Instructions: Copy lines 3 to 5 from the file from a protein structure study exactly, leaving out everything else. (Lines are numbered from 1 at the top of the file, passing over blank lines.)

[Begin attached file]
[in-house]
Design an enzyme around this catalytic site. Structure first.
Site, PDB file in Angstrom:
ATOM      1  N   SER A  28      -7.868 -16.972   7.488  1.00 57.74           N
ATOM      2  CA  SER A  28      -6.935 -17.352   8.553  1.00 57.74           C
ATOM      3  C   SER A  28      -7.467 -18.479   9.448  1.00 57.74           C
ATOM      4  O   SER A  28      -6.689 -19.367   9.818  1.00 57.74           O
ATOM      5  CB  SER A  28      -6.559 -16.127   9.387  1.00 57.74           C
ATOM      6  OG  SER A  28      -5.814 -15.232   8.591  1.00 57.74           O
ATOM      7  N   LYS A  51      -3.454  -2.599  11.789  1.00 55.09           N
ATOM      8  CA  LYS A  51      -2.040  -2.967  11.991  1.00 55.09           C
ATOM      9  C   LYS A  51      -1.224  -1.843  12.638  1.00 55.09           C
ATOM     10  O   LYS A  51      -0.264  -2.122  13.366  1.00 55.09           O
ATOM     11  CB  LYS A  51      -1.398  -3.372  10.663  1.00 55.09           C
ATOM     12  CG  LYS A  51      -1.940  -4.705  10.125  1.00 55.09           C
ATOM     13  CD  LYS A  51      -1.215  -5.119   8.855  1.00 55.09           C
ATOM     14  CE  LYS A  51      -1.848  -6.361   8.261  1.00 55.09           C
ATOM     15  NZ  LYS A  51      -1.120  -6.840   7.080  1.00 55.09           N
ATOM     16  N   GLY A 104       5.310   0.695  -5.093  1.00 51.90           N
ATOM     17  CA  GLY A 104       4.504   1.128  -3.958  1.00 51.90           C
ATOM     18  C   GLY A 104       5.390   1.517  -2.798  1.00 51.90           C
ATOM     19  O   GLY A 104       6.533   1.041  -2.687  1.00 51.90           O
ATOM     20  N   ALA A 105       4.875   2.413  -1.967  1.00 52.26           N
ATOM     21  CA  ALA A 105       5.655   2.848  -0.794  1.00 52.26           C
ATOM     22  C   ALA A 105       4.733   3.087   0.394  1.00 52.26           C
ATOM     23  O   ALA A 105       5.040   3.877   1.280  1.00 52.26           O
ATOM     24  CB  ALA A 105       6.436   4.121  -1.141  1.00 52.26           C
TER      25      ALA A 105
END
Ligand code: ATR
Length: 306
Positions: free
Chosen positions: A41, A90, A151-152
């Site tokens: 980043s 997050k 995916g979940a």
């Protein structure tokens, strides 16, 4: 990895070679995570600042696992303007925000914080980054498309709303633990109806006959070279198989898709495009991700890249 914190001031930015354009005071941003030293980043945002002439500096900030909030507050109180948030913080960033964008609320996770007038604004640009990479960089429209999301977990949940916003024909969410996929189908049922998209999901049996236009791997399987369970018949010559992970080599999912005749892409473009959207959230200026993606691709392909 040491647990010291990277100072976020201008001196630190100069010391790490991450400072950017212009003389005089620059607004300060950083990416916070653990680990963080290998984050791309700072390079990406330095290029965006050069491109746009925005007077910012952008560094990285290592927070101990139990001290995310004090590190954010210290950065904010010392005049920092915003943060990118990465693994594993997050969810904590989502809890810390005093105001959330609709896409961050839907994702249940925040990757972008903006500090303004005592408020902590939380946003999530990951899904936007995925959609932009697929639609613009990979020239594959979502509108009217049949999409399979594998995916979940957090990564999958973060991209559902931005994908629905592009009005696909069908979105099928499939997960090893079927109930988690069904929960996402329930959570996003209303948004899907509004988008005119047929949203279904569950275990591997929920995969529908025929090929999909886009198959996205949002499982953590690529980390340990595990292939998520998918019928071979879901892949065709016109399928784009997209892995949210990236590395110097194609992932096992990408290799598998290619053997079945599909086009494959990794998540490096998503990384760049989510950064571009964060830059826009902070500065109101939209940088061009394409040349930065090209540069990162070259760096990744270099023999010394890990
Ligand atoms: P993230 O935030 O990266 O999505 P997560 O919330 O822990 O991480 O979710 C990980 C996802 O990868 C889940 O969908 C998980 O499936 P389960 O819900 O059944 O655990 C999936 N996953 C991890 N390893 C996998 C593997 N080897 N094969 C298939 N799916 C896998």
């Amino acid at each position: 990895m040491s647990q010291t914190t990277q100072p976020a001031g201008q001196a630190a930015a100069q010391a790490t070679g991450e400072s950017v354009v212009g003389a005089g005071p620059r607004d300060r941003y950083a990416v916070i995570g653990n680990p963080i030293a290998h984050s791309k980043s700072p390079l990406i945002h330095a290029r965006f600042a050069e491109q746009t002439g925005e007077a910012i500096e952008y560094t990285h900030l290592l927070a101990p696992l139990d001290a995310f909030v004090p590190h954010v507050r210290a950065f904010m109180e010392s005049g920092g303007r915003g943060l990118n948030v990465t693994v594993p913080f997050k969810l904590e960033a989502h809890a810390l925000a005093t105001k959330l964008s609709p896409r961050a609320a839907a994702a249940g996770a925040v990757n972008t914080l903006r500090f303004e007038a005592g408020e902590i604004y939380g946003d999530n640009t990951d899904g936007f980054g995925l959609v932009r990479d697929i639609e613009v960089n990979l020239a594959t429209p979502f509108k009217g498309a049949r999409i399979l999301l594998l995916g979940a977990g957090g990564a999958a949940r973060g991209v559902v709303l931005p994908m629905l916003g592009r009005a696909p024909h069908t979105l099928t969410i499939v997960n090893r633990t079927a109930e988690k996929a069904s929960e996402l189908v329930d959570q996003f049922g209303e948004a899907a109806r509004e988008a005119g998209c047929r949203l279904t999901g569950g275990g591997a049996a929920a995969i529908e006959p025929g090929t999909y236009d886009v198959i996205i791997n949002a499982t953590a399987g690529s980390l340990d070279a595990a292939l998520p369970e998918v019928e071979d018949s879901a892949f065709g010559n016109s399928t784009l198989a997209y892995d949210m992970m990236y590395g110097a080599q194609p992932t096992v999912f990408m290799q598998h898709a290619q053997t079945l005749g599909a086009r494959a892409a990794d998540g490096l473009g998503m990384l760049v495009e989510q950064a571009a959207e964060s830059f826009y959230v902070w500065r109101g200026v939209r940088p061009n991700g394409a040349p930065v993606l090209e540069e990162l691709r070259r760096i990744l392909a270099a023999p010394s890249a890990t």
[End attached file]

Site, PDB file in Angstrom:
ATOM      1  N   SER A  28      -7.868 -16.972   7.488  1.00 57.74           N
ATOM      2  CA  SER A  28      -6.935 -17.352   8.553  1.00 57.74           C